Vita and Professional Career
I was born in 1965, in Germany. Although this dates back quite a while, I am a digital native. Why? Because I started working with computers at the age of 14, when actually no one except blue dressed professionals worked with some rare business machines hosted in cellars.
My first computer has been a Sinclair ZX1, a stunning machine at its time, with 1kByte of RAM. No one had a computer privately, but this machine has been a "must have" for me. I saved my pocket money and collected more from my grand parents - and ordered this machine from the UK.
It has been programmed in Basic. After half a year, I bought a book named "Programming the Z80" by Rodney Zaks. Strange to say, but this has probably been the book that influenced me most in my life. It has been a tough one as it taught machine language - the missing link between the Basic stuff and my understand of the hardware.
I have been an average scholar - not interested in much except my programmings. That changed when I started studying computer science and made my Diploma (Master) at Technische Universität München in 1993.
I had worked in parallel to my studies on several jobs (sold my first games at the age of 16 - targeted for the Commodore C64 at this time) and started my professional career at a medium sized IT company in Munich. I worked on new technologies from the beginning. Actually I was hired because I had experience programming a Next station (I imported that great machine from the US sometimes around 1990 - as part of a University program).
This first employer has been too small and not relevant enough in emerging technologies, so I switched after 2 years and started a career at IBM. I finally spend 16 years with IBM and ran through all positions from a programmer to my final position as a Senior Partner and Vice President responsible for several sectors in the German consulting market (namely Insurance, Banking, Retail, T&T, Mid Market). As another job, I defined our Consulting strategy and client portfolio in Germany.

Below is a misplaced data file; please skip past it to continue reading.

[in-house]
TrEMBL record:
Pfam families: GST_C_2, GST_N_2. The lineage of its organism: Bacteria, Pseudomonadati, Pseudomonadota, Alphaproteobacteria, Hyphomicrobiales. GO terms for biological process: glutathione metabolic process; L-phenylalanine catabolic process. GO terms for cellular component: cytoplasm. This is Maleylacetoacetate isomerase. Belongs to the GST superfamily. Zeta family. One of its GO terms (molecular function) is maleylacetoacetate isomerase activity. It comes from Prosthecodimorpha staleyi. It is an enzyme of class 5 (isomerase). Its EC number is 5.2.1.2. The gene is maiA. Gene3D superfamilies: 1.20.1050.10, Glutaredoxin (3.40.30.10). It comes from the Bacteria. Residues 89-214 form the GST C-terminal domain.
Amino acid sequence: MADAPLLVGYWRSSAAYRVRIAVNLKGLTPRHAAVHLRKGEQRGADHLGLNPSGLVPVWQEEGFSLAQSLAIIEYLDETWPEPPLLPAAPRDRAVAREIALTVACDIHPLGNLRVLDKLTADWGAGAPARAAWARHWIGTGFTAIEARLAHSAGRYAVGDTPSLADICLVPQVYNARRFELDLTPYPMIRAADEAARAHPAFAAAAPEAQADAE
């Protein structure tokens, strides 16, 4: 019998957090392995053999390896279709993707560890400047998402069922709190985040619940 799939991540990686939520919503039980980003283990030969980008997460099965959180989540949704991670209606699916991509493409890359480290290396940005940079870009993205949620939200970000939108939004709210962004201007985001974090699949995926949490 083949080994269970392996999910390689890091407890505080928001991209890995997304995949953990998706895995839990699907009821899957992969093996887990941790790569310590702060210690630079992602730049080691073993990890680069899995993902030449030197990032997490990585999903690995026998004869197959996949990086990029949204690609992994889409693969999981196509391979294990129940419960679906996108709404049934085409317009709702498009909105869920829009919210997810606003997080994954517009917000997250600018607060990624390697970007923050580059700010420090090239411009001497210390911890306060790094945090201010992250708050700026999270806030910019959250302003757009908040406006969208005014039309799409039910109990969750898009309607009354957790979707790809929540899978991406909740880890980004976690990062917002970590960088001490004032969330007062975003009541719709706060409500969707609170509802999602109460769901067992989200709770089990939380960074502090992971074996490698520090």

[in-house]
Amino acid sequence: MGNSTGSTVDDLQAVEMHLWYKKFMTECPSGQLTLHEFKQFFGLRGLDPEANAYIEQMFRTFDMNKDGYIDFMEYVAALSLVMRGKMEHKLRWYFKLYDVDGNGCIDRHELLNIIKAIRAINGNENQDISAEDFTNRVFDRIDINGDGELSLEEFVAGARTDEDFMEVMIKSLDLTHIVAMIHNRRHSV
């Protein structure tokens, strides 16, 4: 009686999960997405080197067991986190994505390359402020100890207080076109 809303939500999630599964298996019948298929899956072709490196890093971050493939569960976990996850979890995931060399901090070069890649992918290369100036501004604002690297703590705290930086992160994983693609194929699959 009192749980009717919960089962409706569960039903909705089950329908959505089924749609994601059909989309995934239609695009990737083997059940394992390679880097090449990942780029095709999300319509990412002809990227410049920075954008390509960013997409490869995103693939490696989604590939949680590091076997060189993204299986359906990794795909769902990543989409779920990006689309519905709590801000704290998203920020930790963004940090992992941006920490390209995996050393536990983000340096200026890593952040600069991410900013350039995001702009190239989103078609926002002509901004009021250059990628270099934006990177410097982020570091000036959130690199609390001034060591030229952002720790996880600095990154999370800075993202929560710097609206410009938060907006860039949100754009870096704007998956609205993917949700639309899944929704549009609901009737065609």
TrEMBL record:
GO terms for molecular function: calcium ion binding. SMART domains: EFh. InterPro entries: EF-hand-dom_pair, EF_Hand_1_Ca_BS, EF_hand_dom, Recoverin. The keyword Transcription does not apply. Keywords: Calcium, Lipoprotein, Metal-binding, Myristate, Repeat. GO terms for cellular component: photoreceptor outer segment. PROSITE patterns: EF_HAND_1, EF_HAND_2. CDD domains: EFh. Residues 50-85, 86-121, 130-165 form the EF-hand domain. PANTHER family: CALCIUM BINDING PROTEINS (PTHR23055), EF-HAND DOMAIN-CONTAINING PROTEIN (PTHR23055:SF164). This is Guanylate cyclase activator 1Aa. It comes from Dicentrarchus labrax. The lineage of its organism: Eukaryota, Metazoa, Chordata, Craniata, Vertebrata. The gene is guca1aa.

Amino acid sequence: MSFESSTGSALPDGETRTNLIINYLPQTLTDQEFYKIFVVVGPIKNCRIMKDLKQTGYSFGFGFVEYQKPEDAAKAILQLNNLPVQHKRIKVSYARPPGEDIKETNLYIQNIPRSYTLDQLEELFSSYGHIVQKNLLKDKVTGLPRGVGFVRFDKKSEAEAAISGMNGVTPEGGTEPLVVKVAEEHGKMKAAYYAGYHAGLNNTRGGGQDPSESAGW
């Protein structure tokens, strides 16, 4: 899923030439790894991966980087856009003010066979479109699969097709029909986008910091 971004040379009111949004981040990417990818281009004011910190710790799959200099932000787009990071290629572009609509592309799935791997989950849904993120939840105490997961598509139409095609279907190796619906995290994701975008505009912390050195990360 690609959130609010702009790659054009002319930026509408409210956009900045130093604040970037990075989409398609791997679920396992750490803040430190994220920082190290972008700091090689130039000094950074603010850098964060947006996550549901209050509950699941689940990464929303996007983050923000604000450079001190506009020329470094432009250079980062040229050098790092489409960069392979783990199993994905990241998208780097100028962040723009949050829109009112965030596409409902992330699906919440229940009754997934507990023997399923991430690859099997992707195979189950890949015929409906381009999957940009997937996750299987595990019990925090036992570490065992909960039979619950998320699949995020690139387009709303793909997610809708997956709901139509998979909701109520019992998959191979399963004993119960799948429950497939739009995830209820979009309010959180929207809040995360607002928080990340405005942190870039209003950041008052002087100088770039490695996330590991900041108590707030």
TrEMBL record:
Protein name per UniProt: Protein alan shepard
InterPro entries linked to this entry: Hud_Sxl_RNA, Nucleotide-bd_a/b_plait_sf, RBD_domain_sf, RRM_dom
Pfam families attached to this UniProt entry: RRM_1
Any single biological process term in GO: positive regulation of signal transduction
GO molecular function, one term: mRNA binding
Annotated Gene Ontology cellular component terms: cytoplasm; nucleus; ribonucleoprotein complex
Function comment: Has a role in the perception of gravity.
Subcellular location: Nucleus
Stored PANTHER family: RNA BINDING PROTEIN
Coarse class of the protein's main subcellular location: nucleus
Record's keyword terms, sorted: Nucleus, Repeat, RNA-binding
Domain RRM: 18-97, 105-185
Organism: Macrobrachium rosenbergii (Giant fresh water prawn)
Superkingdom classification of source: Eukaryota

IBM has been a great employer for me - I learned a lot, and had a great time. The last 6 years of my job have not been related to technology any more, the focus moved to managing and economics. IBM has been pretty generous too - which included I was allowed to run a small IT business / hobby in parallel... In 2012 I decided to resign nevertheless. Now that some time has past, it has been because I made a career that finally took my away too far from my interests - programming innovative things and running ahead with new technology. There are always many reasons for a step like this, but it has been the most important.
Anthology of LapTimer
The small business / hobby mentioned above is Harry's LapTimer, and it is actually what I'm working on since then.
Harry’s GPS LapTimer has been an PalmOS app back in 2006. At this time GPS based lap timing has practically not been existent. There were early developments and some purpose built boxes, but nothing worth mentioning.